fairfield dental

Guided Implant Placement: the new standard

With the latest technology, guided implant surgery is the new standard to achieve accurate, predictable, and safe implant placement. Using a CT scan and a custom made stent based on the ct scan offers the surgeon the most accurate tool and guide to place the implants.  However, using guides for implant surgery has remained rare.  In 2014, less than 150,000 computer-generated surgical guides were generated, and this number is predicted to increase by two fold by 2019.  In 2012, there were more than 21 million dental implant placements, so utilizing surgical guides is just a tiny fraction of the implant surgery. 

What are the reasons for the low number of surgical guides?  There are many different factors, including high and additional cost, time-consuming labor, complex work flow, working with a third party, learning new technology, etc.  Other reasons include complications of using guides, such as cooling the surgical instruments and reduced irrigation during the surgery, increased surgical time, patient factor, and cost of the software. 

 

A Tough Pill to Swallow

A painful truth about the prescription opioid epidemic is that dental prescribing habits are inadvertently contributing to it. In 2012, healthcare providers wrote an astounding 259 million prescriptions for opioids, such as hydrocodone (eg, Vicodin, Lortab) and oxycodone (eg, OxyContin, Percocet). Dentists are among the leading prescribers of opioid analgesics, and surgical tooth extraction is one of the most frequently performed dental procedures. Opioids are regularly prescribed following this procedure. This may represent an important area of excessive opioid prescribing in the United States. While no one wants to see patients in pain, dentists have to step back and ask if there is a better way to resolve the pain while protecting patients from harm.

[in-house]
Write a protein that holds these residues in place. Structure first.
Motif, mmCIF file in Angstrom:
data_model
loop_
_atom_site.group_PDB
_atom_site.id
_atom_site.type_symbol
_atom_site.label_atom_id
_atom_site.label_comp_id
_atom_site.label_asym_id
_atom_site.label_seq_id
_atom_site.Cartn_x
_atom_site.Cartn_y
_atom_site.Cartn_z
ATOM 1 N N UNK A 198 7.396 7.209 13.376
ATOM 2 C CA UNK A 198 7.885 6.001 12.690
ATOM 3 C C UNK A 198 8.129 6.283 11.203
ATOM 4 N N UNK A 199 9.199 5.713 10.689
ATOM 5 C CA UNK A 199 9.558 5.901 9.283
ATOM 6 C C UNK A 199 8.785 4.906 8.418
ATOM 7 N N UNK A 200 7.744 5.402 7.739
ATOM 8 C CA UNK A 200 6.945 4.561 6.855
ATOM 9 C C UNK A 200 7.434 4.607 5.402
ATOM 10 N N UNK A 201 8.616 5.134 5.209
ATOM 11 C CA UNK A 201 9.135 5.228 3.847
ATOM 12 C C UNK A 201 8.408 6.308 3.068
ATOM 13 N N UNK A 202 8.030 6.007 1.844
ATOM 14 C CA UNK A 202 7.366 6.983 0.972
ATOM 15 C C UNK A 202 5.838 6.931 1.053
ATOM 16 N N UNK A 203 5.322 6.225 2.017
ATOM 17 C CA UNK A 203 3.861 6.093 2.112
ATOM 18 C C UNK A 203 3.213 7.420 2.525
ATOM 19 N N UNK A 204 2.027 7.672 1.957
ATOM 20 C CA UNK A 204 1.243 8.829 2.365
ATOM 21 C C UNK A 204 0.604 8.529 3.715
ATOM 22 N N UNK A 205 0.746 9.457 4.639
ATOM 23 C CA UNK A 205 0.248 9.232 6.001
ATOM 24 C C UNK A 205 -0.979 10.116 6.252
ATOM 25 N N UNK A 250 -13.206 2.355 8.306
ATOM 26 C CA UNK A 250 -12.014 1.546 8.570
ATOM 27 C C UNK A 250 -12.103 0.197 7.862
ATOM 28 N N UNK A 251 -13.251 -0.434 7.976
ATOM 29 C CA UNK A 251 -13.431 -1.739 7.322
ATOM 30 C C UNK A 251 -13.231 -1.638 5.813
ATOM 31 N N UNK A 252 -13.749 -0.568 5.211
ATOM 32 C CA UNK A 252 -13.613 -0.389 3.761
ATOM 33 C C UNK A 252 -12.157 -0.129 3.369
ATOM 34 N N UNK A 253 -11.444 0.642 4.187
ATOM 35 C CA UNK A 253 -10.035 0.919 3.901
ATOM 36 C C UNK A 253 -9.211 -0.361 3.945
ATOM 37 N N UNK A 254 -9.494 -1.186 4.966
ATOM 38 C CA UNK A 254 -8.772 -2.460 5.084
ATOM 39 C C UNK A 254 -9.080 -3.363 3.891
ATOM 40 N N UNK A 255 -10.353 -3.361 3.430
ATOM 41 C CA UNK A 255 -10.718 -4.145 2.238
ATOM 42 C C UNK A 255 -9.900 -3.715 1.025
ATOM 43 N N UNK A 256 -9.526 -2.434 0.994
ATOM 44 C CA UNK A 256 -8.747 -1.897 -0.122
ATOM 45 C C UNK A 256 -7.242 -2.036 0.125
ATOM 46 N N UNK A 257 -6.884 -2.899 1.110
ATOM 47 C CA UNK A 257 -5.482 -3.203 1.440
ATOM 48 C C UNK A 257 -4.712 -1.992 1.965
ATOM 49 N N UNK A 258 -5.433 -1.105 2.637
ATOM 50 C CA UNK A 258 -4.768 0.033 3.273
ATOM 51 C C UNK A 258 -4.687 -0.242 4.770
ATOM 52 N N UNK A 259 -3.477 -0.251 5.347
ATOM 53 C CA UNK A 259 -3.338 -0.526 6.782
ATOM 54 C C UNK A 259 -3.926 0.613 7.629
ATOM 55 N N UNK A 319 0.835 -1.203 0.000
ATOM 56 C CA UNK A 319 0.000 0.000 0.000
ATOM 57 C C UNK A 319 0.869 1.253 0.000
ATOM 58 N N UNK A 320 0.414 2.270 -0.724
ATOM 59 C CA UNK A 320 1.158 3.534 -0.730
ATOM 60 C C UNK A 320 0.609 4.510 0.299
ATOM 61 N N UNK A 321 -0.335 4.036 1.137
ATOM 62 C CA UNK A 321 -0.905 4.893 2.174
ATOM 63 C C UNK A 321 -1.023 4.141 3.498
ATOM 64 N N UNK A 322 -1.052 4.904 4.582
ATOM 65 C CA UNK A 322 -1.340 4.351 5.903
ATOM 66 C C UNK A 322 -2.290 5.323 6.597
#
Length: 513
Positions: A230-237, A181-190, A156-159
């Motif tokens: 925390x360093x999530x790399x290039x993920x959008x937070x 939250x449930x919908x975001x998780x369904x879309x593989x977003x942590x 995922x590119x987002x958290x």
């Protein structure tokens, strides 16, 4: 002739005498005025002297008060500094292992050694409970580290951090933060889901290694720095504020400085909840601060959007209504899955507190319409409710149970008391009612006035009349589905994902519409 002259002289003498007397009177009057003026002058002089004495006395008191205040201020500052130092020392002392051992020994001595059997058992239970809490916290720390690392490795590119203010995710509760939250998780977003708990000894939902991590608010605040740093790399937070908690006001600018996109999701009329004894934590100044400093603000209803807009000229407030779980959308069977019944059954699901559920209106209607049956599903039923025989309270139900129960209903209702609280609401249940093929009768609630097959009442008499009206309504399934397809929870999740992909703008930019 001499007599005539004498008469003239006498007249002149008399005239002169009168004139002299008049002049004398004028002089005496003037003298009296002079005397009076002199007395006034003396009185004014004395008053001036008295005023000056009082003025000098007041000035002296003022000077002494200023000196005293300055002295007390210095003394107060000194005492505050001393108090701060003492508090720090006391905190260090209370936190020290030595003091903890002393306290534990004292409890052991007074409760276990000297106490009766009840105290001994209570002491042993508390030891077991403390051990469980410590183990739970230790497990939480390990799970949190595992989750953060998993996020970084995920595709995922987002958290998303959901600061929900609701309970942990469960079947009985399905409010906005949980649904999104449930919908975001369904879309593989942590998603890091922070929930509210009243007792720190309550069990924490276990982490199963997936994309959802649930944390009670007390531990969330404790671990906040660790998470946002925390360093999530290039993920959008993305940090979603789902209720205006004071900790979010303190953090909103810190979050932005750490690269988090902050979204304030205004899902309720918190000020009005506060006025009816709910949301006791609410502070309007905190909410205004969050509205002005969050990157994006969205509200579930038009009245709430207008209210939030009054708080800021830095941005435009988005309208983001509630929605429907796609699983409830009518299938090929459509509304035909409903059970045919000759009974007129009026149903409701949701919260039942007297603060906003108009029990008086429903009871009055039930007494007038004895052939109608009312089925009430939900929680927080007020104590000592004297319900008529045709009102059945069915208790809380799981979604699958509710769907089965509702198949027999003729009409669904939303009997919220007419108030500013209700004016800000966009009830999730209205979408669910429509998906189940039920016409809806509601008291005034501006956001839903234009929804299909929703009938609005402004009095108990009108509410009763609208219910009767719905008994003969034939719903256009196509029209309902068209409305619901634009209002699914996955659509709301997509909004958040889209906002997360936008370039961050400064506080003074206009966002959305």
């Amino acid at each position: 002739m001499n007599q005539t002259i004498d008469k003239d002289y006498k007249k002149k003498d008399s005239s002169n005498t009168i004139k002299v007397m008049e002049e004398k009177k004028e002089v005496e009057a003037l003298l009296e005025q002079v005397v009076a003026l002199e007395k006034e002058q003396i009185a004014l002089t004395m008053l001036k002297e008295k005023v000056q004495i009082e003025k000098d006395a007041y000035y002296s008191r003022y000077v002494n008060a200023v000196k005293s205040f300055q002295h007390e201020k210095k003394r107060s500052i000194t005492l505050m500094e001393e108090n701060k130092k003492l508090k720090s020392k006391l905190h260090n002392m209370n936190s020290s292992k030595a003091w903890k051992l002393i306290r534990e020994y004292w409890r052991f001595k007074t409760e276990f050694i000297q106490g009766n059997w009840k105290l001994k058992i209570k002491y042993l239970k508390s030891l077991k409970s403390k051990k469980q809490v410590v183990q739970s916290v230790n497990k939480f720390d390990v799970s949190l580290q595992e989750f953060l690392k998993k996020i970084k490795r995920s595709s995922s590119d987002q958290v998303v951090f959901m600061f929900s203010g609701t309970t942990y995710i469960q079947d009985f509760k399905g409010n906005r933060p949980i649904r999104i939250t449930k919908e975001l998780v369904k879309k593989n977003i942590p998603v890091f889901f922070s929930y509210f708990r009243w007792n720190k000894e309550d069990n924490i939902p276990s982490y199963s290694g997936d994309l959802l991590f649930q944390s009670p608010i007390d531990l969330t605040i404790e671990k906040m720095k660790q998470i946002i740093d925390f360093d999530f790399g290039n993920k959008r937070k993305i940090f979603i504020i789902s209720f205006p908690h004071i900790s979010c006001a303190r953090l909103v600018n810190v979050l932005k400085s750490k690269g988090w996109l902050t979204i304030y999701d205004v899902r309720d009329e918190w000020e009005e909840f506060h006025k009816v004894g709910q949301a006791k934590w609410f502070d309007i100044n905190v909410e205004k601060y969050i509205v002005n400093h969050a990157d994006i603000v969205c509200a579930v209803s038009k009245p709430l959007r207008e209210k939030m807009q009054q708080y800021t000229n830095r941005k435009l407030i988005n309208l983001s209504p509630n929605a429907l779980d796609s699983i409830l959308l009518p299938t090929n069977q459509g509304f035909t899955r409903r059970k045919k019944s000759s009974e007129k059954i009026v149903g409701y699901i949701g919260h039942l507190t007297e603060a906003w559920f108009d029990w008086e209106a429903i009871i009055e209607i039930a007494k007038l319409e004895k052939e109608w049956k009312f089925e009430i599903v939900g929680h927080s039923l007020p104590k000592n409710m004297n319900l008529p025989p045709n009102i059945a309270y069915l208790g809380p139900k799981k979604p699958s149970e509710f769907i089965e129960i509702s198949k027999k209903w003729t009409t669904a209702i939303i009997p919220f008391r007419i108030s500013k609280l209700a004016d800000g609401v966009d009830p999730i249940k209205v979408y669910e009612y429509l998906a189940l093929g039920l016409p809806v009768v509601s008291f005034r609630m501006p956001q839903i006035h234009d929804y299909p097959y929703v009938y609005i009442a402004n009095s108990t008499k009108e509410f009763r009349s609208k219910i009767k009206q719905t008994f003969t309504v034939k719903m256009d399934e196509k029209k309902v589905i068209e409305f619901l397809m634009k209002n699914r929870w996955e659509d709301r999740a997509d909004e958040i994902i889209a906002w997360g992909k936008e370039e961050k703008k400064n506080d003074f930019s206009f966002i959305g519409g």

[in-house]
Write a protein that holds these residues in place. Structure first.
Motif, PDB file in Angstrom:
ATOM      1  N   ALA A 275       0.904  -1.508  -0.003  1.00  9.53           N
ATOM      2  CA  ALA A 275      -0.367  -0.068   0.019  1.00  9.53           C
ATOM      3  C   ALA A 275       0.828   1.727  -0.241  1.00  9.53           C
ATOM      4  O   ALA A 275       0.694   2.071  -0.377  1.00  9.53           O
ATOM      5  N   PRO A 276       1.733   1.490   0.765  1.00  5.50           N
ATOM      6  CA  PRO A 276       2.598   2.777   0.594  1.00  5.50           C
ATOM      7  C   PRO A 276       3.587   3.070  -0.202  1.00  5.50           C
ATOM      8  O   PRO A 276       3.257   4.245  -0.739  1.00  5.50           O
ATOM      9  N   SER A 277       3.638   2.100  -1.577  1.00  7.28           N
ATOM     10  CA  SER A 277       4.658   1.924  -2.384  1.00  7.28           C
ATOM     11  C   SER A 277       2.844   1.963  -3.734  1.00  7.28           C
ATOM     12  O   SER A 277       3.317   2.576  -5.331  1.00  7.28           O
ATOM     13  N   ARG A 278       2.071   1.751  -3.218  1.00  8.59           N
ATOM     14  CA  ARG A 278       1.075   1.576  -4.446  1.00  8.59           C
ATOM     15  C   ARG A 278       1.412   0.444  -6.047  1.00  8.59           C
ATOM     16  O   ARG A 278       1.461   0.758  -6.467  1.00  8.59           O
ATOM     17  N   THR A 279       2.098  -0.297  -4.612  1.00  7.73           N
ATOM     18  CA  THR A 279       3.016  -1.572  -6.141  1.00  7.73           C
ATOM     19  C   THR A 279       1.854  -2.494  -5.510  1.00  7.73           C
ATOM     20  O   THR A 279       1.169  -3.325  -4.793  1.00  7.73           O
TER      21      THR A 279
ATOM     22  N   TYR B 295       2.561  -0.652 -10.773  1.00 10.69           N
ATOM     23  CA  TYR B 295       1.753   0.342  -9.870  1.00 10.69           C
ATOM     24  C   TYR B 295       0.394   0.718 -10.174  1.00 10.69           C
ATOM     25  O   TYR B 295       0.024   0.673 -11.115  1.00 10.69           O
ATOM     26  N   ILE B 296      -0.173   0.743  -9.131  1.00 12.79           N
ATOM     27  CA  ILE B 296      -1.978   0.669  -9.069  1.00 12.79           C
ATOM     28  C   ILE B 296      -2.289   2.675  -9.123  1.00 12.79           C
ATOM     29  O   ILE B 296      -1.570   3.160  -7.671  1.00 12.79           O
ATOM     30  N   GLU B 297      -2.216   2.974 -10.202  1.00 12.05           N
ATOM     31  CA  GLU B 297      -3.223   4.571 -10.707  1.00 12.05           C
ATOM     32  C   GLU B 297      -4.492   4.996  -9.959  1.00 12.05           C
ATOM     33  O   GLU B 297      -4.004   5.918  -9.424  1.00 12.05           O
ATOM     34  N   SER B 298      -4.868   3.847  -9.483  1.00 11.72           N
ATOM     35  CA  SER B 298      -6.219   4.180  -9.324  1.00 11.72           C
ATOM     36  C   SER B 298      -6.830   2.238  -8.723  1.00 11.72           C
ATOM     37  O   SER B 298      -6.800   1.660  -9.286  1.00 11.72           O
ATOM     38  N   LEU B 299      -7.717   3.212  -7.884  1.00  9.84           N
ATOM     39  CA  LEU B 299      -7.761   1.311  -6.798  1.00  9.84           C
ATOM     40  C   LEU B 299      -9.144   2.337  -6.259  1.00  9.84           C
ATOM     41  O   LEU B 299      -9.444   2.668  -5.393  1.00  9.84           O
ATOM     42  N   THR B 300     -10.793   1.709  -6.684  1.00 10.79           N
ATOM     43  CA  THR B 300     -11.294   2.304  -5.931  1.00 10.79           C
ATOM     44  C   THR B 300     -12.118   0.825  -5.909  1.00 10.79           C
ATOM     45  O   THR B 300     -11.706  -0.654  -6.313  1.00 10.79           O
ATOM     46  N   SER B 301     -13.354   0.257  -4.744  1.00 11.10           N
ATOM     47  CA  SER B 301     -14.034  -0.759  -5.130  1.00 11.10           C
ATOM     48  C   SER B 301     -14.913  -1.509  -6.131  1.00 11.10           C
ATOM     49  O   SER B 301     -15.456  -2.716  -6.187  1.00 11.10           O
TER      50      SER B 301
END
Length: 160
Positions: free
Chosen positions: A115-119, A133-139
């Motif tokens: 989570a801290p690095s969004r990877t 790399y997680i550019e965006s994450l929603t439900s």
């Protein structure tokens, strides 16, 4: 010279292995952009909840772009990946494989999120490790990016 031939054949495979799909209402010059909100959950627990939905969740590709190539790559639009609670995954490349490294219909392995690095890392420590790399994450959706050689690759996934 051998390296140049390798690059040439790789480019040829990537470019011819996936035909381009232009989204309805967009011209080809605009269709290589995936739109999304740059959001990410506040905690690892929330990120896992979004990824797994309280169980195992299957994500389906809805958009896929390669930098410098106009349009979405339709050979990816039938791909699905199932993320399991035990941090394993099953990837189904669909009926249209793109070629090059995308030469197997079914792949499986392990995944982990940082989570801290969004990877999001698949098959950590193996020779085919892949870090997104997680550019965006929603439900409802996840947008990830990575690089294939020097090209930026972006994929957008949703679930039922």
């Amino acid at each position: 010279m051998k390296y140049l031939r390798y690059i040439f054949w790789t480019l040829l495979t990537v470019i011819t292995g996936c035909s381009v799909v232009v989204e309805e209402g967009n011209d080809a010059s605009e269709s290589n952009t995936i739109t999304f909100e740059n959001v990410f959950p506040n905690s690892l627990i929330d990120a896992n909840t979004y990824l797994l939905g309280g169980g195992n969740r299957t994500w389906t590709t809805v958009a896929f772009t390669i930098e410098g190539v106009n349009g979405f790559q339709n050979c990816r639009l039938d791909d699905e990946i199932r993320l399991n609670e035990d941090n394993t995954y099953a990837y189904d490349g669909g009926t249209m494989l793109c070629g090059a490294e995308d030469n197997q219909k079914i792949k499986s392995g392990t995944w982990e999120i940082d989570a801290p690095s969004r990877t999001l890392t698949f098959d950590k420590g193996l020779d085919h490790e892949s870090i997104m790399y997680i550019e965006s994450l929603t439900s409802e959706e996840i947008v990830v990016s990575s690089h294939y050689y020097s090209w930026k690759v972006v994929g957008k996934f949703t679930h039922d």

Drug overdoses are the leading cause of accidental deaths in the United States, with opioid addition making up 18,893 of the 47,055 drug overdose deaths in 2014. This is a dramatic increase over the past 15 years. Meanwhile, the problem does not end with opioid overdoeses. While many believe these drugs are not dangerous because they can be prescribed by a doctor, abuse often leads to dependence. For some people, opioid misuse and dependence spirals into heroin addiction-four in five heroin users started their addictions misusing prescription painkillers. 

One way to help our patients is through educating ourselves about the problem and strategies through which each one of us can help control the epidemic. In fact, the American Dental Association encourages continuing education on this very issue in order to "promote both responsible prescribing practices and limit instances of abuse and diversion."  

Along with reading this excellent article, dentists can register with the state prescription and drug-monitoring program to help determine which of the patients may be doctor shopping for opioid medications.  Dentists can also encourage patients to take advantage of National Prescription Drug Take-Back Day events and prescription drug disposal sites in their areas.